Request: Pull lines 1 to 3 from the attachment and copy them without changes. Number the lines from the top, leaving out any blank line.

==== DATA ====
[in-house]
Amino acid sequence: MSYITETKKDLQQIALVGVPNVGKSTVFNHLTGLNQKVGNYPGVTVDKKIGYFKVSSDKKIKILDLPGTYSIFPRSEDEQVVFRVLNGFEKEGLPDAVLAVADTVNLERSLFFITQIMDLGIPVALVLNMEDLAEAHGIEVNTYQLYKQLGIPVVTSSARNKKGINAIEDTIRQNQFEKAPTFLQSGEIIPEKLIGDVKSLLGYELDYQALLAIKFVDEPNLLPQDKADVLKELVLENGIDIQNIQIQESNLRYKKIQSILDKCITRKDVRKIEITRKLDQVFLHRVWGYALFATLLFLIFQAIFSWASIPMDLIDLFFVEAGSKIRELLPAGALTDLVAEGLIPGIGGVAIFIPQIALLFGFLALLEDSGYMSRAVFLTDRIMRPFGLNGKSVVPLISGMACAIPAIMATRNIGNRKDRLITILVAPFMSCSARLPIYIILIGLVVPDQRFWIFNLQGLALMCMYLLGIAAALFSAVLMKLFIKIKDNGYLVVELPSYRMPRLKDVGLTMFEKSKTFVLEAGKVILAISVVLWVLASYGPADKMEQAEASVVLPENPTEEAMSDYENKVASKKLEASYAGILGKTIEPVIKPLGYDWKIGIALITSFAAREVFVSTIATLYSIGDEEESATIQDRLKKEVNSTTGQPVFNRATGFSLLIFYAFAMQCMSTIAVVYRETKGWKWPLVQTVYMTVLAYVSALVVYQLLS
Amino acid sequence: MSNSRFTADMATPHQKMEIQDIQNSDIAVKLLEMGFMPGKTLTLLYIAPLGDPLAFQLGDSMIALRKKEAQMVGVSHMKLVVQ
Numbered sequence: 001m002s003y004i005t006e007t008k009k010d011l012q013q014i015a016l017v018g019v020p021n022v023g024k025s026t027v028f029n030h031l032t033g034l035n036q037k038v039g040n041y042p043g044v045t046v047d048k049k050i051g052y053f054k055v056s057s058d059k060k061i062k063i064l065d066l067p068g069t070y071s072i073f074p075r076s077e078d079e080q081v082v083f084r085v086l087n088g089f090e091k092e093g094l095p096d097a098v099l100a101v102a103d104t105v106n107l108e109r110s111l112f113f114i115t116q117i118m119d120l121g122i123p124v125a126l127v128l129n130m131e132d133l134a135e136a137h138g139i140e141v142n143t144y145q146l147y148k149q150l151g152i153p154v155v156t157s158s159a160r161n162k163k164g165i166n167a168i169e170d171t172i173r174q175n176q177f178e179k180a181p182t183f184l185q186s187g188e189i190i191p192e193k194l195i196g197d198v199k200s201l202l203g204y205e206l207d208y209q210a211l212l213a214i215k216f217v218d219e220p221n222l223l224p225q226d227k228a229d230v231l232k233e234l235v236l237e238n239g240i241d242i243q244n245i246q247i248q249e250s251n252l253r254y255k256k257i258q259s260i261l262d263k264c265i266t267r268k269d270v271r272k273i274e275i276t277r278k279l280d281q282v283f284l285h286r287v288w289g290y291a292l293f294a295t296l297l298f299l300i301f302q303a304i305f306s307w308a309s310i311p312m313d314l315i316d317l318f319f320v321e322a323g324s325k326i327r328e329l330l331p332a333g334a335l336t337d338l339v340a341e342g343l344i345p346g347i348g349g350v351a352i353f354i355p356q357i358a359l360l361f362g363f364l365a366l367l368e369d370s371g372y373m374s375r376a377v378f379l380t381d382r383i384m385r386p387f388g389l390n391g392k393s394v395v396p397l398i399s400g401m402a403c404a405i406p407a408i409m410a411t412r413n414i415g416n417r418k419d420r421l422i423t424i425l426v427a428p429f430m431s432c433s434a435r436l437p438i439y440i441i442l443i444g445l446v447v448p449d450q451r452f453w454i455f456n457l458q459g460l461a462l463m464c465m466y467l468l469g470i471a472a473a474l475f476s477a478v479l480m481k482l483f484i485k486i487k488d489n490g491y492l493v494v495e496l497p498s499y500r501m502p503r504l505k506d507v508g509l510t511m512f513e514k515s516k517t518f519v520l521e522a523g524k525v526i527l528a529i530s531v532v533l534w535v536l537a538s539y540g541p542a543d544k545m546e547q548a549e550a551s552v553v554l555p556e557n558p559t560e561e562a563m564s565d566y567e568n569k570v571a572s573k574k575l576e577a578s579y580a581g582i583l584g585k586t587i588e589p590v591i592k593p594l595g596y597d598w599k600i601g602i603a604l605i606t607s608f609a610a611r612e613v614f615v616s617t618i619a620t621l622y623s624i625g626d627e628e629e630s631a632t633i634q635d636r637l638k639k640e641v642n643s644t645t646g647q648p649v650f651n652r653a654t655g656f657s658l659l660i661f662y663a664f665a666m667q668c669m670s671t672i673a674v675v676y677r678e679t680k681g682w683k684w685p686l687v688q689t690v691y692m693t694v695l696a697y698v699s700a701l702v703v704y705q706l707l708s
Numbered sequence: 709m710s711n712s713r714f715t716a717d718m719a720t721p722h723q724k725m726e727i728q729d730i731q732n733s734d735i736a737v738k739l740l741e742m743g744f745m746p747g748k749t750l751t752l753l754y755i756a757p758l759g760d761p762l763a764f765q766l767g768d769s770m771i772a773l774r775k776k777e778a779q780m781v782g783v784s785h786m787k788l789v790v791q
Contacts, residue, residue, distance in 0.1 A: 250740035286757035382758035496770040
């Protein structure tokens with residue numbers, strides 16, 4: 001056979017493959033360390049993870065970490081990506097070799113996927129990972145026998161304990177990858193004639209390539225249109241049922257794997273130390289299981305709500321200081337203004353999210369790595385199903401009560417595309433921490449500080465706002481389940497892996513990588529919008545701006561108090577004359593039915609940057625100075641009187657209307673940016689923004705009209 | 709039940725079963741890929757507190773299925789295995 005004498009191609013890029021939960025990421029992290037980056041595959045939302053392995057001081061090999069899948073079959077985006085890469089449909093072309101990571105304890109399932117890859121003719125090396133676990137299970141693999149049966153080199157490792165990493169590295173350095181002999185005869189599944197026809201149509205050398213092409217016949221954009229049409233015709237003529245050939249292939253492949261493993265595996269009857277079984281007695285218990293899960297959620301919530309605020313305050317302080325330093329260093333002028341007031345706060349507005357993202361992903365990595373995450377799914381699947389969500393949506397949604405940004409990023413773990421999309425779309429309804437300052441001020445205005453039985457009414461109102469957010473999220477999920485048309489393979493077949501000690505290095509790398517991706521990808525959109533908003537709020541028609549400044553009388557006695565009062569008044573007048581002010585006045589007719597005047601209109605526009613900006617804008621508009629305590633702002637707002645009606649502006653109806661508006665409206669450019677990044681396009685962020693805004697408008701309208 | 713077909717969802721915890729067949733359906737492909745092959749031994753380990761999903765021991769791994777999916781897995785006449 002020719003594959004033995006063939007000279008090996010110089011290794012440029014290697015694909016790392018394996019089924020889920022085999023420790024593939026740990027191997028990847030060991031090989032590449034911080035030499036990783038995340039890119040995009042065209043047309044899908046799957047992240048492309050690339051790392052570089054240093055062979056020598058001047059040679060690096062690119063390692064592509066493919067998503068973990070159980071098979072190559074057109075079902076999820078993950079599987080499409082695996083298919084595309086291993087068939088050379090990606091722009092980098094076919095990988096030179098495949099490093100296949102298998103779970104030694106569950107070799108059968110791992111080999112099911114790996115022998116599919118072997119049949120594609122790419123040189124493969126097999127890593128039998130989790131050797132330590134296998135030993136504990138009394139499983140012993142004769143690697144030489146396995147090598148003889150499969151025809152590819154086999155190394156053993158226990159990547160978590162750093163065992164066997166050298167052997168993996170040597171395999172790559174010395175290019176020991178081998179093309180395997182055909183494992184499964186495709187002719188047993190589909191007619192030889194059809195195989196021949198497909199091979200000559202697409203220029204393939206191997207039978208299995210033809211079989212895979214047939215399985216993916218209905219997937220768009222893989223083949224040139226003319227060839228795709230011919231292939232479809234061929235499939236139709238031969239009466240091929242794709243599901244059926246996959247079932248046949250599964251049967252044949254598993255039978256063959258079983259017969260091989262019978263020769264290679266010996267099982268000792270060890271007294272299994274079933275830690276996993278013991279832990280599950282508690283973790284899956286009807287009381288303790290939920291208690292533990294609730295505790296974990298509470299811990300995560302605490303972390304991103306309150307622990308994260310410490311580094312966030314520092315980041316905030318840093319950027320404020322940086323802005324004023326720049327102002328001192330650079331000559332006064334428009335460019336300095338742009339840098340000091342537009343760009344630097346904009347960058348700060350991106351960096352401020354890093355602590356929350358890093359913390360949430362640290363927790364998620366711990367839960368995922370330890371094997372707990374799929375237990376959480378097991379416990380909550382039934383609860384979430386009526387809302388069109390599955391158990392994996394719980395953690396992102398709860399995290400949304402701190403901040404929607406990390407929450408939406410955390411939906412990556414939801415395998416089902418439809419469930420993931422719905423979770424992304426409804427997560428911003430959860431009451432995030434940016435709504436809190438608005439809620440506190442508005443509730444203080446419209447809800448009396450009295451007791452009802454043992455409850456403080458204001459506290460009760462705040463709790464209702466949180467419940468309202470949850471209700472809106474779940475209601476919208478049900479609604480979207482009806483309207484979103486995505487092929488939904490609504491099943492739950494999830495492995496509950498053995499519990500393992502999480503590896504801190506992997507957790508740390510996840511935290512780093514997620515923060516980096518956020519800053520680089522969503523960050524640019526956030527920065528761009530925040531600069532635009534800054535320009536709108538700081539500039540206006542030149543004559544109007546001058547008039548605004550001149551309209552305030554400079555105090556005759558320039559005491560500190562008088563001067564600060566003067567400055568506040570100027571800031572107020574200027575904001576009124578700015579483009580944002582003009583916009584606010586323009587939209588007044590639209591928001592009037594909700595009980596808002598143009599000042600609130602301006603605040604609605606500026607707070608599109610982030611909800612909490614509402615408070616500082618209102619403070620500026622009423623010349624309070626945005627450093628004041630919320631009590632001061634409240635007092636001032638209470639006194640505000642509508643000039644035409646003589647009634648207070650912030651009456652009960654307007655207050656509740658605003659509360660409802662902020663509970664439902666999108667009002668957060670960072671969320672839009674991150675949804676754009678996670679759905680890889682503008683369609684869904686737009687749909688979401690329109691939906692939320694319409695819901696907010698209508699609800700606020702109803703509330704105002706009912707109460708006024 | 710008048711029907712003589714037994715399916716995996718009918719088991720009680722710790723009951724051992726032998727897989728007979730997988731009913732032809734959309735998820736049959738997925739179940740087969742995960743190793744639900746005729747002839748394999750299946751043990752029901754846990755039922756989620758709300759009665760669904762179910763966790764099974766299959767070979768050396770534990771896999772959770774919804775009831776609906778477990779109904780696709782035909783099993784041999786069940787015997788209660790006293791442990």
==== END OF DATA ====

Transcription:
[in-house]
Amino acid sequence: MSYITETKKDLQQIALVGVPNVGKSTVFNHLTGLNQKVGNYPGVTVDKKIGYFKVSSDKKIKILDLPGTYSIFPRSEDEQVVFRVLNGFEKEGLPDAVLAVADTVNLERSLFFITQIMDLGIPVALVLNMEDLAEAHGIEVNTYQLYKQLGIPVVTSSARNKKGINAIEDTIRQNQFEKAPTFLQSGEIIPEKLIGDVKSLLGYELDYQALLAIKFVDEPNLLPQDKADVLKELVLENGIDIQNIQIQESNLRYKKIQSILDKCITRKDVRKIEITRKLDQVFLHRVWGYALFATLLFLIFQAIFSWASIPMDLIDLFFVEAGSKIRELLPAGALTDLVAEGLIPGIGGVAIFIPQIALLFGFLALLEDSGYMSRAVFLTDRIMRPFGLNGKSVVPLISGMACAIPAIMATRNIGNRKDRLITILVAPFMSCSARLPIYIILIGLVVPDQRFWIFNLQGLALMCMYLLGIAAALFSAVLMKLFIKIKDNGYLVVELPSYRMPRLKDVGLTMFEKSKTFVLEAGKVILAISVVLWVLASYGPADKMEQAEASVVLPENPTEEAMSDYENKVASKKLEASYAGILGKTIEPVIKPLGYDWKIGIALITSFAAREVFVSTIATLYSIGDEEESATIQDRLKKEVNSTTGQPVFNRATGFSLLIFYAFAMQCMSTIAVVYRETKGWKWPLVQTVYMTVLAYVSALVVYQLLS
Amino acid sequence: MSNSRFTADMATPHQKMEIQDIQNSDIAVKLLEMGFMPGKTLTLLYIAPLGDPLAFQLGDSMIALRKKEAQMVGVSHMKLVVQ